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Choc Wars: Palm Oil Victory but Mars sides with Cadbury

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Contributor:
Dave Griffith
Dave Griffith

Cadbury is backing down on its use of palm oil in Dairy Milk chocolate. This is welcome news for Orangutans and green thinking consumers everywhere.

It is good to see that public pressure can still sway even the biggest corporates who will always respond to a dent in the wallet long before any moral or ethical considerations. 
 
It was quite refreshing to hear these words Cadbury Managing Director, Matthew Oldham "At the time, we genuinely believed we were making the right decision, for the right reasons. But we got it wrong,” he said.
Well that’s a victory in the Choc Wars saga for the people. But it is tempered by the news that the other Giant confectionery maker Mars has sided with Cadbury in downsizing everything but the price.
 
 I hadn’t realised until I picked up a large pack of M&M’s at the supermarket on the weekend. It didn’t feel right. A glance at the weight confirmed why. It was 200g that’s 50g less than the last packet I bought and the price was unchanged. At the same visit I notice that the Cadbury Twirl Bars weight had slid from the mid 40g’s into the late 30’s.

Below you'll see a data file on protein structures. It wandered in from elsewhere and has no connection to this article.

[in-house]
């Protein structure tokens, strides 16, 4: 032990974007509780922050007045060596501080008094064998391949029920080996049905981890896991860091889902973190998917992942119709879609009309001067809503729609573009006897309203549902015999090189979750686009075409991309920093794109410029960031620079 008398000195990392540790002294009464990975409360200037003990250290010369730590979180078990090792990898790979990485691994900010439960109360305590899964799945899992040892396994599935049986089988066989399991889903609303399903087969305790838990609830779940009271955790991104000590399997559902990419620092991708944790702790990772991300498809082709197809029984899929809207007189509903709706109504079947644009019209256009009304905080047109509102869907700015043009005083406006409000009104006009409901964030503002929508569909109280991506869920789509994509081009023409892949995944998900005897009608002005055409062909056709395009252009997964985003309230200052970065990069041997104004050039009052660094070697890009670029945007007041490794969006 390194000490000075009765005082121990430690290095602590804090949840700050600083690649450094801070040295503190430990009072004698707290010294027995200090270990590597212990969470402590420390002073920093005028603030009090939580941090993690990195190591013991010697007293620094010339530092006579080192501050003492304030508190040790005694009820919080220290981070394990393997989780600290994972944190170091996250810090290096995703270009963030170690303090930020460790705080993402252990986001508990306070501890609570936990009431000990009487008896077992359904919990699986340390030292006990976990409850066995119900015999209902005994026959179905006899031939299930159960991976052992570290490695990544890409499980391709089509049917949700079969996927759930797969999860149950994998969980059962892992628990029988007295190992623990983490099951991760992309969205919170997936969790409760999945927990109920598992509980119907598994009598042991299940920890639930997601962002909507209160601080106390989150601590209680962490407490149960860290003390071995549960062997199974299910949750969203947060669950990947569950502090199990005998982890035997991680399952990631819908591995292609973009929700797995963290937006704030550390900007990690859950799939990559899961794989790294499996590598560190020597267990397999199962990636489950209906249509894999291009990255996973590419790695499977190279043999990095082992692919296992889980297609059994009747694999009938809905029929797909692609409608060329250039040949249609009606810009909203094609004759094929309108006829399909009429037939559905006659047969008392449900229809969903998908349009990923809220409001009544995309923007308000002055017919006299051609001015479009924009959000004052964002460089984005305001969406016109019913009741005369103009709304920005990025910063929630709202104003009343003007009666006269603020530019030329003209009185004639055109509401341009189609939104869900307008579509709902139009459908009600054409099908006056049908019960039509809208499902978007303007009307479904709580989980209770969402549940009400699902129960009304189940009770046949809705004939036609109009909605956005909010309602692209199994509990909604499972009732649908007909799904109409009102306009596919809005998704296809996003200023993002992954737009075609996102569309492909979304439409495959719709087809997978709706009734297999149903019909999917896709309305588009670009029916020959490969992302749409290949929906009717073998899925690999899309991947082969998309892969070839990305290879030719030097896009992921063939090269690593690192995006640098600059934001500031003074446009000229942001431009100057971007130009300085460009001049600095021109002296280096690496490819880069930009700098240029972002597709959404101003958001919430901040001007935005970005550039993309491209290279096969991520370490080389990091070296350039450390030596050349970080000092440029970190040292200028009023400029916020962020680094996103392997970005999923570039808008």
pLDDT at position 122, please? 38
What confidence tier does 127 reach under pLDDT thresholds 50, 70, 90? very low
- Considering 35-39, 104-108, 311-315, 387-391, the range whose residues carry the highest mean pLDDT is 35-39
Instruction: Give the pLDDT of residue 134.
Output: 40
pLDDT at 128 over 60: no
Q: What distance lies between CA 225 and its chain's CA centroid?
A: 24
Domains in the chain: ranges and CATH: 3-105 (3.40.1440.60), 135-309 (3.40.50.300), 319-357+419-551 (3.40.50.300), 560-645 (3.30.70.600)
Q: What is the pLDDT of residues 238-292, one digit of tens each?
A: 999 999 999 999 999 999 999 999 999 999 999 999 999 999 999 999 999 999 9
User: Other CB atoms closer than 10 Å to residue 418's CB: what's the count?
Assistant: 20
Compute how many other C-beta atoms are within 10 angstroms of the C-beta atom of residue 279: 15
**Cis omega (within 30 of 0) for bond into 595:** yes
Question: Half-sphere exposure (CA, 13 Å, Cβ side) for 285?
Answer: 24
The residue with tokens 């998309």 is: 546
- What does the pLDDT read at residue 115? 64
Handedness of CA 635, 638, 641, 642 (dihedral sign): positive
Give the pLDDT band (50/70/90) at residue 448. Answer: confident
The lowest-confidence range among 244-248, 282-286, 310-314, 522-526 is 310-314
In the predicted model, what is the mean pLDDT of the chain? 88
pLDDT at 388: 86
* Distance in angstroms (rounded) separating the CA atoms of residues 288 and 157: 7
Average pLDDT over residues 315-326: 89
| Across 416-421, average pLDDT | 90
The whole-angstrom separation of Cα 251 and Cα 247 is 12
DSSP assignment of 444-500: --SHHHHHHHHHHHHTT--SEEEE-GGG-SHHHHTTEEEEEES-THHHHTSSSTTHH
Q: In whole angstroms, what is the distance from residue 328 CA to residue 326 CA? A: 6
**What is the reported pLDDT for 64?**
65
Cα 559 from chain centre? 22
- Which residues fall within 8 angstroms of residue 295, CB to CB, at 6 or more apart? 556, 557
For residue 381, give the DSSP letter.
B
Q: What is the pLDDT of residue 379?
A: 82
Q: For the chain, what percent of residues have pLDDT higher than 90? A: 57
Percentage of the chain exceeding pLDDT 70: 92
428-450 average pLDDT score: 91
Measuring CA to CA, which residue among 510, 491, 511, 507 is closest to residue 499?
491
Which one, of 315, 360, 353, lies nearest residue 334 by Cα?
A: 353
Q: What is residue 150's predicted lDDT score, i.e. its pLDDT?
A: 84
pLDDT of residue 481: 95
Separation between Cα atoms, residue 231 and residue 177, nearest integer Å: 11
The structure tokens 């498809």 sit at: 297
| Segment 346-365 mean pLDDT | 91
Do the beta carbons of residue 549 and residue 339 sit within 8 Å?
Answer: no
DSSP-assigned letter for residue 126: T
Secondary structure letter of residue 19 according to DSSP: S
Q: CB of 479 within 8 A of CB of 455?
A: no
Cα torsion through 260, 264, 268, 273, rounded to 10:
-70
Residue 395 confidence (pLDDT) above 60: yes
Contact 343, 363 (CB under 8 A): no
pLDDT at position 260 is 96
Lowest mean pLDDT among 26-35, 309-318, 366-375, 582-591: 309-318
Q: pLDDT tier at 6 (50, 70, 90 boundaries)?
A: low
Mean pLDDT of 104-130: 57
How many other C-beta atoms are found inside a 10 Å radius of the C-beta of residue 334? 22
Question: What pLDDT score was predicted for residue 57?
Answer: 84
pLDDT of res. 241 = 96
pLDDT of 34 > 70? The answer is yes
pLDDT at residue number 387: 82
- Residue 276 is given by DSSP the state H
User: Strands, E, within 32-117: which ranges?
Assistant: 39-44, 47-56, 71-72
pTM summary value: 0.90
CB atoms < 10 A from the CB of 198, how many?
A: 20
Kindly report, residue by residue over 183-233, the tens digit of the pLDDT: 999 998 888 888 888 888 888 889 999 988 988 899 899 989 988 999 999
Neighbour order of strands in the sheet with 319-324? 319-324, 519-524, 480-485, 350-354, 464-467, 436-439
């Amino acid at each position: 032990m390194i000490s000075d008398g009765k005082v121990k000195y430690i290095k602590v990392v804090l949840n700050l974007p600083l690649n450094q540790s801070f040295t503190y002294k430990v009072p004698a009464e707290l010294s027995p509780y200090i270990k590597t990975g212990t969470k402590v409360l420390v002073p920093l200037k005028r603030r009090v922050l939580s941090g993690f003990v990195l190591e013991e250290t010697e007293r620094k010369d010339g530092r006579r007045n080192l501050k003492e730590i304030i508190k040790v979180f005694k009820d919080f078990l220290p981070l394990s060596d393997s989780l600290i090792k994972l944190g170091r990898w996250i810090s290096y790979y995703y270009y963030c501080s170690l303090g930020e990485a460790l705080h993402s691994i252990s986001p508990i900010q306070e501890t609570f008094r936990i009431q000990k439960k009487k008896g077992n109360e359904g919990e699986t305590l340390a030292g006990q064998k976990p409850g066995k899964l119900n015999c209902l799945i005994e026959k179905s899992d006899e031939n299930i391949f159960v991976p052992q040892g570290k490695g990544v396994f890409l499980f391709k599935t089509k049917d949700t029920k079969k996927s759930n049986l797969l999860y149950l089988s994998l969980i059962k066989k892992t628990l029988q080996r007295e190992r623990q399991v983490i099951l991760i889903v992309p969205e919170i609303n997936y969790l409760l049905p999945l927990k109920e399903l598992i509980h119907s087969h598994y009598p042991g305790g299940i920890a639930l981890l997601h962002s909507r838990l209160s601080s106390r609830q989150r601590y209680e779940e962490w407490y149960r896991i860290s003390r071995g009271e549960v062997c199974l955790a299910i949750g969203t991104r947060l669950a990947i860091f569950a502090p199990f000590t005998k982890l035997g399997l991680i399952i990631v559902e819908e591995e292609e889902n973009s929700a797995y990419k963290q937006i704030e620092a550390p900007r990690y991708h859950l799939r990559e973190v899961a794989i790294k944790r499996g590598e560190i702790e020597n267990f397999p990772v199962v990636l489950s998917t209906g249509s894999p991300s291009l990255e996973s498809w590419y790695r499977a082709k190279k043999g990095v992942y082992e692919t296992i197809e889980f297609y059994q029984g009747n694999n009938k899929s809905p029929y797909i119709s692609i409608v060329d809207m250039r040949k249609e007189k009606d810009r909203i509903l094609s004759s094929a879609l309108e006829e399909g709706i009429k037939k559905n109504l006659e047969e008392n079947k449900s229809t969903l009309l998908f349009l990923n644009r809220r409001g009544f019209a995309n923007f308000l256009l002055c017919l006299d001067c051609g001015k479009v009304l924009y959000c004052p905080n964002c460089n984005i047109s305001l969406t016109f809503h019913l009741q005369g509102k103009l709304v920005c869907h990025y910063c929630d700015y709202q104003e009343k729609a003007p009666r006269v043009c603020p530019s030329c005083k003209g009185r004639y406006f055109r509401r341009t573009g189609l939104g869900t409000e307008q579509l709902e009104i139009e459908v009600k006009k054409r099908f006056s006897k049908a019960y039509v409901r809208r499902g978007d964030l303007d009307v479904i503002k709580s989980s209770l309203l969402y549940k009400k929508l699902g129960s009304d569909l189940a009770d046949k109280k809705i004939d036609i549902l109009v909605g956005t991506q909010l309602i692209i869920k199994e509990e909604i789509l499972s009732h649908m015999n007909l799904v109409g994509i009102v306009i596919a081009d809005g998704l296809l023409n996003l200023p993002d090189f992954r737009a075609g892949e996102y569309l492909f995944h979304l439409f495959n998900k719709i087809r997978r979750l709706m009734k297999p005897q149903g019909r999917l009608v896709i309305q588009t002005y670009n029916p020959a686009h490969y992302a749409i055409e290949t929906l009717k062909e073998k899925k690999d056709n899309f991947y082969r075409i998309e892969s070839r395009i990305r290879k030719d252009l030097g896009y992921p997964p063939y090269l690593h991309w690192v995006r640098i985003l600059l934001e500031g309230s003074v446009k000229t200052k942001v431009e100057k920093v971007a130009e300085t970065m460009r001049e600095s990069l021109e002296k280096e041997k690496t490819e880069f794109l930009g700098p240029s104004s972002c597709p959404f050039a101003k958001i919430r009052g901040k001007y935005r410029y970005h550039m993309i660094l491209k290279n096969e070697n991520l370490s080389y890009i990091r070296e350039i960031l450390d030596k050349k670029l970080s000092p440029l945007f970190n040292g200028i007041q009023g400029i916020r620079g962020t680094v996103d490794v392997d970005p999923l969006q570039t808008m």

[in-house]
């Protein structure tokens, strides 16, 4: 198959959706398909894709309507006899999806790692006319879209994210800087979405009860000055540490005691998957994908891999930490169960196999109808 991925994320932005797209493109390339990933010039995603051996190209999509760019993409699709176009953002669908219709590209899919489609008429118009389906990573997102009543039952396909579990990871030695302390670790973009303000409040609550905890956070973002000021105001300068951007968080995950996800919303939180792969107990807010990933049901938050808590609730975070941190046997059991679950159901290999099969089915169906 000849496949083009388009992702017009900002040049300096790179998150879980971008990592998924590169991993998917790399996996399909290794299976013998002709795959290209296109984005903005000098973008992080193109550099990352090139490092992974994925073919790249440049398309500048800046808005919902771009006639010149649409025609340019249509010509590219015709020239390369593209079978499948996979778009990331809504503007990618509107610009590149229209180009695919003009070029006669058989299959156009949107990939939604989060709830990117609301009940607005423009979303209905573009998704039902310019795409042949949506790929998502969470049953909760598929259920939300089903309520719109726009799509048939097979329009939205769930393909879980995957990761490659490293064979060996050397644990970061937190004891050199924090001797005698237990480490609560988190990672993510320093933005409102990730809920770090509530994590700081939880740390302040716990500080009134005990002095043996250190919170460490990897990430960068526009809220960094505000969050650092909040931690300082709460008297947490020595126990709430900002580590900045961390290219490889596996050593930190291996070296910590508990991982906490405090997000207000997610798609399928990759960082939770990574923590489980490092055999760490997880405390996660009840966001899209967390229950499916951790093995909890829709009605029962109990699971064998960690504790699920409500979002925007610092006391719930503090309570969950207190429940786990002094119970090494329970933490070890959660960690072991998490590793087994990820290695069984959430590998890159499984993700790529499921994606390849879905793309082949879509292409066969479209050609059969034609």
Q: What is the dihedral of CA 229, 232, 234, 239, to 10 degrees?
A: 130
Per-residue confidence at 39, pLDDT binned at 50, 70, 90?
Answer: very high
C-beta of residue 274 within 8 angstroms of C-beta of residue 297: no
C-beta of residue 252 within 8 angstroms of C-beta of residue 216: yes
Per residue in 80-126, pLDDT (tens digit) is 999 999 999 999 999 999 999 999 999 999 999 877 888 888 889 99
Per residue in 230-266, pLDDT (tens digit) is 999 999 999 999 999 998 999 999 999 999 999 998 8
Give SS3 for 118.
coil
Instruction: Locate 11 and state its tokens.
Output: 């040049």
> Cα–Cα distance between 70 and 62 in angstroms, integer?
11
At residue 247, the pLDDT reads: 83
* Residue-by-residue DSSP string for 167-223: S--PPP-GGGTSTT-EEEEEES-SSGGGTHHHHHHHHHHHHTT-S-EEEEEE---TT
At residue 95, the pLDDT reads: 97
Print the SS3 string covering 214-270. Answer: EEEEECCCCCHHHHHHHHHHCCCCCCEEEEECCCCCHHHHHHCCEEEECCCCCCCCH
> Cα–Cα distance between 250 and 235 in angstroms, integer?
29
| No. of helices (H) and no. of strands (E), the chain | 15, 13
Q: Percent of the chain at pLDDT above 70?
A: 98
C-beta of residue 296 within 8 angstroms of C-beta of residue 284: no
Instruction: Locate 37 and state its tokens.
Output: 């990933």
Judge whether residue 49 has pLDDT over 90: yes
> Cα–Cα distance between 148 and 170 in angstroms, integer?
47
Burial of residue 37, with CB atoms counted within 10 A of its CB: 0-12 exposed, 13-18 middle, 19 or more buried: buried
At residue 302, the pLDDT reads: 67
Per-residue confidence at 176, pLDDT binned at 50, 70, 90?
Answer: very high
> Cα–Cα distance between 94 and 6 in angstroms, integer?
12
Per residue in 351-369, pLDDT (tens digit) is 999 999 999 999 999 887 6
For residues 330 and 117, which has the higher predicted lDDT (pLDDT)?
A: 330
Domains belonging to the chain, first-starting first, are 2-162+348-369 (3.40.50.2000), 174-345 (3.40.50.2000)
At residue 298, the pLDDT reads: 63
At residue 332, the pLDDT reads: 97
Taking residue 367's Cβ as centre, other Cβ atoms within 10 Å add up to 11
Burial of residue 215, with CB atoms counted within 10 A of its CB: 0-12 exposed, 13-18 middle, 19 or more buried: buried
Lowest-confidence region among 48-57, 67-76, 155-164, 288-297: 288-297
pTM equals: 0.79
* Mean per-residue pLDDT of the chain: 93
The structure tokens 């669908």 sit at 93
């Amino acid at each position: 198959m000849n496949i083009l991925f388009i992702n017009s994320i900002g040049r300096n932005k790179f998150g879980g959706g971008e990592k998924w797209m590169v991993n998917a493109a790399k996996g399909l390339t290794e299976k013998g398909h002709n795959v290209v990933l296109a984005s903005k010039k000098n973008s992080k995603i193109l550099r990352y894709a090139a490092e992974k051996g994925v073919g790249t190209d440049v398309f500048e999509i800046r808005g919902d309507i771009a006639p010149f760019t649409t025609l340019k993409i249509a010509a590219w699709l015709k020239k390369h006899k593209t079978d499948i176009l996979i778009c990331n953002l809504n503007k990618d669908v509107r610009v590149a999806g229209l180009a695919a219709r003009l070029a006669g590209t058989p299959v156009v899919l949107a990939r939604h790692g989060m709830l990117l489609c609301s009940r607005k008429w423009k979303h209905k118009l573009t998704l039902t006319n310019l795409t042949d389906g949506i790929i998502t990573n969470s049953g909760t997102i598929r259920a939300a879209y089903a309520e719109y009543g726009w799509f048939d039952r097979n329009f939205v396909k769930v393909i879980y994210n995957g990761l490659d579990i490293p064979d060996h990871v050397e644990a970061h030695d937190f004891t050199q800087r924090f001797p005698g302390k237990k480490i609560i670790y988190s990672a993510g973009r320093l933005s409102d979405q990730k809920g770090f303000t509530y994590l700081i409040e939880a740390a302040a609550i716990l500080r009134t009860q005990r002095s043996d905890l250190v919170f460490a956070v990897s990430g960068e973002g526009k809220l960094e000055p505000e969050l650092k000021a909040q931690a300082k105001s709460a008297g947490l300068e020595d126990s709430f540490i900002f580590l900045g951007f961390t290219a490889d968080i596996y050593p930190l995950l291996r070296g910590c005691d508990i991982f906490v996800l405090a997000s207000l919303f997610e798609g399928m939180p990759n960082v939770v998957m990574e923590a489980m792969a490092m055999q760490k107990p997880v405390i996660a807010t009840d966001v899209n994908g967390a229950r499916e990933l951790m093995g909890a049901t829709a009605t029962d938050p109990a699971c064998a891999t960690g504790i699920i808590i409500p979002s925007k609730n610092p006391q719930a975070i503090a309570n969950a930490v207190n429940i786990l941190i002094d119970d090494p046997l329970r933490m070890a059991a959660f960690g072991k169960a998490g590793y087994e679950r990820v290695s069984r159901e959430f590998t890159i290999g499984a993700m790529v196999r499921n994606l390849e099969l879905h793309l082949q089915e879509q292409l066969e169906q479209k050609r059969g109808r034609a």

Mars New Zealand confirms that along with M&M reductions, Mars bars had been cut from 60 grams to 53g, while Twix bars were now 53g rather than 58g.
 
Mars New Zealand Sales Director Gerry Lynch says “There is a financial aspect to this where we can only absorb costs for so long before we have to pass some of that on," he said.
 
Their claims of wanting to help fight obesity by reducing portion sizes are laughable. It is like a drug dealer reducing the size of their ‘portions’ in order to help reduce drug abuse.
 
It’s no wonder these two mega corporates have found common ground and joined together in downsizing for profit. Gerry Lynch is a former Sales Manager at Cadbury.
 
Despite claims of financial hardship, it is hard to imagine the giant US$30m turnover Mars is doing it that tough. The claims of financial pressure do not ring true when we see little old Kiwi Whittakers still holding their own in the market with ‘normal’ size bars.
 
With Whittakers becoming virtually isolated from its competitors in the downsizing stakes, its hard to see them triumphing. But there is always hope. The battle still rages. The consumers have won a great victory over palm oil and there is no reason why we can’t win the battle over downsizing. At the very least we can play our part in downsizing Cadbury and Mars profits. That seems to be the only language they understand.

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